Over 25 years later, the yin and yang of strength and vulnerability still give me pause. I am more practiced at my grandmother’s strength: it carried me through long days as a teen mom and long nights of studying. It helped me through my first year of teaching while pregnant, strangely enough in the same teaching position that Mrs. Bushman left the year before. That kind of strength was about risk aversion: put your nose down, work hard, and never EVER let them see you sweat. But the vulnerable strength of Mrs. Bushman is the polar opposite of my grandmother’s and all about risk-taking. Like writing this.
Those of us teaching today have the same power as Mrs. Bushman, who I now call my dear friend, Kay. Whether we teach from a classroom or a cart or our own homes, our lessons may begin with standards but they don’t end there. Our students learn a lot from us--not only from what we say but what we choose to not say. Kay had the strength to show her vulnerability. She took a risk, not knowing the impact on me--or my classmates. Her tears revealed her hurt; the crack of her voice told me that she knew she was going to be okay. Isn’t that what our students need to know right now? We all may hurt in different ways, but we can be okay.
Social-emotional learning and resilience are hot topics in education, but master teachers of the past have grappled with them for centuries. Today, our challenge is to meet students’ needs in these areas during a time of uncertainty and amplified inequity. The weight of this challenge, no doubt, will require both my grandmother’s and Mrs. Bushman’s strengths. I’m putting my nose down, embracing my grandmother’s grit, by studying what it means to be an “emotion scientist” with Permission to Feel by Marc Brackett, Ph.D. However, I’m also living the truth of vulnerability.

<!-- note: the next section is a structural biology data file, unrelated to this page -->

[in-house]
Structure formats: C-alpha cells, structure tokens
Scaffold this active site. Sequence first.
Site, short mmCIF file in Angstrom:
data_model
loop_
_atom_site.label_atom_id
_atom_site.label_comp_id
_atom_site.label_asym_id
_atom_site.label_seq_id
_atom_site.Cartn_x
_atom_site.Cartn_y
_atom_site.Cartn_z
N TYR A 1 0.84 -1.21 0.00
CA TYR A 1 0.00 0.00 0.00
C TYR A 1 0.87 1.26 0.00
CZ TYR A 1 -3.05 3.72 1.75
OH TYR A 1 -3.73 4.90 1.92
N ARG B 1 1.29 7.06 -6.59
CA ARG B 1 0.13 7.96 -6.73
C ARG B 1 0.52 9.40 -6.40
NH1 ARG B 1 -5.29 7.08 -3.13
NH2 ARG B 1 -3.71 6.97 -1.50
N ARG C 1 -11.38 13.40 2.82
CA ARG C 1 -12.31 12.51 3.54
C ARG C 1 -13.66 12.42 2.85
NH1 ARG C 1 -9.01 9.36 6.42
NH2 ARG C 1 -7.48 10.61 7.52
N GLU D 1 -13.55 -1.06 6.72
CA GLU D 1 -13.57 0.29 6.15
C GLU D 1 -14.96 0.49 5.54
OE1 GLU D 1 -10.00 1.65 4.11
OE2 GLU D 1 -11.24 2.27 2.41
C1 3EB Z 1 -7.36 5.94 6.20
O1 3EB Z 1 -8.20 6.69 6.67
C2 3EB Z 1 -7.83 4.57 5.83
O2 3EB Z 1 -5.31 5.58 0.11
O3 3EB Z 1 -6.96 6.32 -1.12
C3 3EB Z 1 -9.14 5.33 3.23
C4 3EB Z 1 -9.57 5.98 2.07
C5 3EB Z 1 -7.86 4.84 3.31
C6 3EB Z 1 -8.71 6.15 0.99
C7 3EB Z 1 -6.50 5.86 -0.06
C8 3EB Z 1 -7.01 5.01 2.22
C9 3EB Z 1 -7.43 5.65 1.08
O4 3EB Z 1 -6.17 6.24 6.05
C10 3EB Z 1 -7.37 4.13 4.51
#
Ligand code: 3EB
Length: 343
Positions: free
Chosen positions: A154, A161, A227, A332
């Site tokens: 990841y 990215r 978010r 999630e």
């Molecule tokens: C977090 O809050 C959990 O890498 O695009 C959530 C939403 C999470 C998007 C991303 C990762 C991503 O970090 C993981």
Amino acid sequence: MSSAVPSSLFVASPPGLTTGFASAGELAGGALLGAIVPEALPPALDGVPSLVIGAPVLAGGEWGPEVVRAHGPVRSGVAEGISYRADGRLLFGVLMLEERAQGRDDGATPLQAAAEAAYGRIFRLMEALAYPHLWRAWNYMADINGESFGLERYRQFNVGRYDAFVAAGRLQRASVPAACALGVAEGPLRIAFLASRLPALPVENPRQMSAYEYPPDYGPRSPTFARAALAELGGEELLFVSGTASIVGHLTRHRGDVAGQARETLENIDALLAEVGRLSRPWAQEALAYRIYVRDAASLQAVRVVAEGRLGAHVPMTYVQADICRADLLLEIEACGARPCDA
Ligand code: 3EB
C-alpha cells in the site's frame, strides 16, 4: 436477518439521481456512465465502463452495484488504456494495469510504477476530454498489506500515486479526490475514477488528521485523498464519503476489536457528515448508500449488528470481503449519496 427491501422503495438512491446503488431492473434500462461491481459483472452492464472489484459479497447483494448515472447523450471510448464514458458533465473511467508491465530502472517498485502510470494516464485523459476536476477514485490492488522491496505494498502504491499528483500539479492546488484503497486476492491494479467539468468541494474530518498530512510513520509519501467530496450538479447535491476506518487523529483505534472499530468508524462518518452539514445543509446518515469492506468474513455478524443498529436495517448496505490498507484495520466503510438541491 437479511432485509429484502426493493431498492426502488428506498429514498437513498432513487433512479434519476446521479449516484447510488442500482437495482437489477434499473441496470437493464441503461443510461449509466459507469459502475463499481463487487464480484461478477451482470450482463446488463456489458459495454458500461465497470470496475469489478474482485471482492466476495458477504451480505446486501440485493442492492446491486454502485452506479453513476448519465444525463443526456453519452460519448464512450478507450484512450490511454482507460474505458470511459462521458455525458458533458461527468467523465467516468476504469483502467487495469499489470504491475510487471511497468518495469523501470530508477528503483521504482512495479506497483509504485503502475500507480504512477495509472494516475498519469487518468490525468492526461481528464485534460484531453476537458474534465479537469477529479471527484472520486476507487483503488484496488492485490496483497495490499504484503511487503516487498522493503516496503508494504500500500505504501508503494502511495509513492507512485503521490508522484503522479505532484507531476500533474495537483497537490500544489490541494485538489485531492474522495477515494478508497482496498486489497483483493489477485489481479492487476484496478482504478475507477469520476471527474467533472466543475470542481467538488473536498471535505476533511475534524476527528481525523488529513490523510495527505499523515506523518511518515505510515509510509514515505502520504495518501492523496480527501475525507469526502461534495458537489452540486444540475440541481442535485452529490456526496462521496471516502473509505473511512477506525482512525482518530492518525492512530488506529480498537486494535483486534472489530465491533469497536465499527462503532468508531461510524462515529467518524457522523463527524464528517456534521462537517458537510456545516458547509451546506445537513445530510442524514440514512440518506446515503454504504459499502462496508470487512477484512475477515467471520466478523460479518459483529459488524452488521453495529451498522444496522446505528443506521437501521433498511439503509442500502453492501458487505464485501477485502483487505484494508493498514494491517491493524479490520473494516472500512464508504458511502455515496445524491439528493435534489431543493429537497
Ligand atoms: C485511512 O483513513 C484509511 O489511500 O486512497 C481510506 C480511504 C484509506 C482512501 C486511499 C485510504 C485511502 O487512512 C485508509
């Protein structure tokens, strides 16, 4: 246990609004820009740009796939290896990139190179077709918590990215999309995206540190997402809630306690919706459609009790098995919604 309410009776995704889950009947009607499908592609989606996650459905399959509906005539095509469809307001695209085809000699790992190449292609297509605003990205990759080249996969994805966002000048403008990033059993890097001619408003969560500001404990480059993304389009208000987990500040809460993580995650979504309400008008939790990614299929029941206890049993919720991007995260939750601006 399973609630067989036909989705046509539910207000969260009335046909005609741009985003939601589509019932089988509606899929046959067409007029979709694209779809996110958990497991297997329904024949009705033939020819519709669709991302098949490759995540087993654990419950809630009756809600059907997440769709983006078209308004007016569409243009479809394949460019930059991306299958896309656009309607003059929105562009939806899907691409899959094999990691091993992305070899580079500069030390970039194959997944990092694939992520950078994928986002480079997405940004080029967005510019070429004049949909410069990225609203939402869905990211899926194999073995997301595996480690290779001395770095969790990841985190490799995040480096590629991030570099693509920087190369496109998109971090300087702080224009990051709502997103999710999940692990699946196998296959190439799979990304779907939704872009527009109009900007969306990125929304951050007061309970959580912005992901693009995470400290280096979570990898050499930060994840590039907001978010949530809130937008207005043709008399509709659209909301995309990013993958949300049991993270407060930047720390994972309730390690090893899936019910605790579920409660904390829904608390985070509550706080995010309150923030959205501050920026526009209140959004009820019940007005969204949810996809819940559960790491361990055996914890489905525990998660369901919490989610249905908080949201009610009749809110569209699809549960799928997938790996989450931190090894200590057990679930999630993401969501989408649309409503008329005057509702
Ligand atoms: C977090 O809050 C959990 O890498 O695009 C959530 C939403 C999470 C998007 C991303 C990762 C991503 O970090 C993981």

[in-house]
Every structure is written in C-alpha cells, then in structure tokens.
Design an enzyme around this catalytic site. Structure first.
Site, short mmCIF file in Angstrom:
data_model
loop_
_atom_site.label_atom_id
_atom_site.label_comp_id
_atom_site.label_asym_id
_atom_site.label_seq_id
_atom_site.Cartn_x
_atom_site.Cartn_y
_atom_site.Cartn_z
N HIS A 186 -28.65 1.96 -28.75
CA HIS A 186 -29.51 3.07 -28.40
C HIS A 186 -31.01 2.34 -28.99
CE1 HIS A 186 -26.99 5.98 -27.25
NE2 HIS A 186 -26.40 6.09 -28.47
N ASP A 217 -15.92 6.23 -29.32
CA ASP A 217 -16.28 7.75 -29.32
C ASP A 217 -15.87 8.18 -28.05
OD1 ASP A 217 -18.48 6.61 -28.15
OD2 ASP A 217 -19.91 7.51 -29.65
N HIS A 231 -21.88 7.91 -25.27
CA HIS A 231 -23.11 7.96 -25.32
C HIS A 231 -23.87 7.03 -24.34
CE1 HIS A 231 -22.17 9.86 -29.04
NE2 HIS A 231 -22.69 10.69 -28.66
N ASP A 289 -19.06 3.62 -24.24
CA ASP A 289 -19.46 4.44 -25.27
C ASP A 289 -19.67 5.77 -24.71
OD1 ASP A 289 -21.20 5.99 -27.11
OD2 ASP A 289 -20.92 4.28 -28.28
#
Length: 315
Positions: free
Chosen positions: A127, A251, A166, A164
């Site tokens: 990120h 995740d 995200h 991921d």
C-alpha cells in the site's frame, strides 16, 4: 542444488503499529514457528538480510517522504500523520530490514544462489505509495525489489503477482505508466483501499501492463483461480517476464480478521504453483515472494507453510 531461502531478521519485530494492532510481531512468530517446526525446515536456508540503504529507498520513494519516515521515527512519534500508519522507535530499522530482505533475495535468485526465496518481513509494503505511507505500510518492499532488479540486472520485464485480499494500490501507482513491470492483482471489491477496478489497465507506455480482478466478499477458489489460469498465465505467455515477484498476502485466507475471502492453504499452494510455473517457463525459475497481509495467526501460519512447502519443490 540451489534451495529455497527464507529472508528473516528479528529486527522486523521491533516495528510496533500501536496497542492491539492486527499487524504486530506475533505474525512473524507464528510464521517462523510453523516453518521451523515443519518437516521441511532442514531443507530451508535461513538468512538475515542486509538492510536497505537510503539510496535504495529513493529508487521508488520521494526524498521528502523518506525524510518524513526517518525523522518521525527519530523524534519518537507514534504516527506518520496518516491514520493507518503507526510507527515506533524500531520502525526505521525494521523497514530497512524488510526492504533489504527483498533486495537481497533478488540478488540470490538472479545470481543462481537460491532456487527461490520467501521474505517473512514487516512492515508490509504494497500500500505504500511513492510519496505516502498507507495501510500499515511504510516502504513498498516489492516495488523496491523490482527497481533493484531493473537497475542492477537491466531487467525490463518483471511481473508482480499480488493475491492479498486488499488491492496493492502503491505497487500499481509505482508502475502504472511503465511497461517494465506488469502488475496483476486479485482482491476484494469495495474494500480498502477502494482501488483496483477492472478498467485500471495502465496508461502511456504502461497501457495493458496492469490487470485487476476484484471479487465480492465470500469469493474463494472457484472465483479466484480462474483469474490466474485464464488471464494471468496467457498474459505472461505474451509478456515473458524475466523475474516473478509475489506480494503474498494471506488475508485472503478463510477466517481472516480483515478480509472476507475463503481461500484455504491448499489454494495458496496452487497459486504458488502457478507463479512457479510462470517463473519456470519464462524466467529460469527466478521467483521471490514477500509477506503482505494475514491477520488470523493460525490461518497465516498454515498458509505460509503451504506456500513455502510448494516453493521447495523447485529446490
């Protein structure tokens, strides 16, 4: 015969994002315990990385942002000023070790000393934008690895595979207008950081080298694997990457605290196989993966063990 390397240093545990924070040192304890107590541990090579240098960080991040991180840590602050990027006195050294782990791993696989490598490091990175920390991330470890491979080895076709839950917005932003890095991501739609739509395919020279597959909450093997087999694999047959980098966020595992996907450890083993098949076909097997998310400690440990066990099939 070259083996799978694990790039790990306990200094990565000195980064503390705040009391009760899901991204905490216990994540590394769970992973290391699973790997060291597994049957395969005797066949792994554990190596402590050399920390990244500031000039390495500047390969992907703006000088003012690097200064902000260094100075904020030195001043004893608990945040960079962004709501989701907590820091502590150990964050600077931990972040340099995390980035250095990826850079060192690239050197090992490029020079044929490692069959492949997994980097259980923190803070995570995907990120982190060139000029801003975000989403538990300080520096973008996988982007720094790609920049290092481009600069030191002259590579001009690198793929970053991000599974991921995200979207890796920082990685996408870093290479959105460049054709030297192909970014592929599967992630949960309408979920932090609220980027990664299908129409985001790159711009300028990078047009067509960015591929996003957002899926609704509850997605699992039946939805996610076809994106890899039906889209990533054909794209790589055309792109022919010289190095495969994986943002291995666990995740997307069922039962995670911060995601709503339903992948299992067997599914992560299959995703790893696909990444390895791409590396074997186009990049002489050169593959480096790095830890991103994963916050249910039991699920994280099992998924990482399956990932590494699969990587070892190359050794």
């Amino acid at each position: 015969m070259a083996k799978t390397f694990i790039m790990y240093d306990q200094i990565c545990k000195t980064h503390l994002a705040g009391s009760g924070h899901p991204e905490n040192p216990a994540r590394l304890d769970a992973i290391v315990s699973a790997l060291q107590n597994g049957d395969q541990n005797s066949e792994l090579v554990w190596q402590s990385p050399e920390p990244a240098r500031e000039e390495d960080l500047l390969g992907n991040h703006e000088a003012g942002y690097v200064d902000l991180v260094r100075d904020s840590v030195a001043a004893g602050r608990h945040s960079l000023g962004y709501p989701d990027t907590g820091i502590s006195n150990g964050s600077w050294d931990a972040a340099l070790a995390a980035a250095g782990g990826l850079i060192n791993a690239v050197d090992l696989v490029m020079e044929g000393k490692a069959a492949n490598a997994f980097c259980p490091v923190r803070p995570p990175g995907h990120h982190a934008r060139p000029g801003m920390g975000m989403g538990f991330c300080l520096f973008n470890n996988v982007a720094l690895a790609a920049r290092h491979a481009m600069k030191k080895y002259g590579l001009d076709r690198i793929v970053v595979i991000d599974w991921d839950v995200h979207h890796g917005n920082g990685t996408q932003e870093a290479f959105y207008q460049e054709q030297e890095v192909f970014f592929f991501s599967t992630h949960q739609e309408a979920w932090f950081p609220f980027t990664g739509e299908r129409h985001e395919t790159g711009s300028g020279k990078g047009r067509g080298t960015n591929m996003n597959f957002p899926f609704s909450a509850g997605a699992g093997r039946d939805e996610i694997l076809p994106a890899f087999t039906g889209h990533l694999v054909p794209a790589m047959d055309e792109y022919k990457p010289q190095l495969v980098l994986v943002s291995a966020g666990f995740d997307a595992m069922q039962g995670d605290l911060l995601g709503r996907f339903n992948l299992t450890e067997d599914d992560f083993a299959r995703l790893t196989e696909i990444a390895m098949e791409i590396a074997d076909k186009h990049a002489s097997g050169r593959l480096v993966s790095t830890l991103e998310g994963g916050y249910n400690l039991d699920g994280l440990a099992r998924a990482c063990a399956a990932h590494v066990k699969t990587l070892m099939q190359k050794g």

I can’t count the number of times I’ve felt the annoying sting of tears in my eyes for all of the things I’m missing at the end of my tumultuous twentieth year of teaching: my students, my colleagues, my family. Sometimes I’m angry. I’m furious that some of my students are ashamed of being who they are because of the anti-Asian sentiment COVID-19, and some of our nation’s leaders, have stoked. I resent the fact that some of my students need food, internet, or even a hug, and I cannot provide them all. But instead of feeling all of these things alone in my house, I choose to share them--even though you can’t hear the crack in my voice. I choose to share them because of a teacher--now friend--named Kay. And I know that, in the end, we can be okay.
About the Author
Angie Powers is the mother of two strong humans. She's finishing her 20th year of teaching from her kitchen table in Olathe, KS. Her passion for advocacy has provided her many professional opportunities: NEA Board of Directors, Welcoming Schools facilitator, 2018 KTOY Team, Greater Kansas City Writing Project Fellowship, and National Board Certification. You can follow her on Twitter at @angsuperpowers
5/7/2020 02:35:36 pm
Thank you for sharing these beautiful memories. So many times the real lessons come from those quiet moment, not from power points and quizzes. You are a legacy as much as you are leaving one.
Comments are closed.
Message from the Editor
If you are interested in being published on our blog, or have any comments or questions for me, please email firstname.lastname@example.org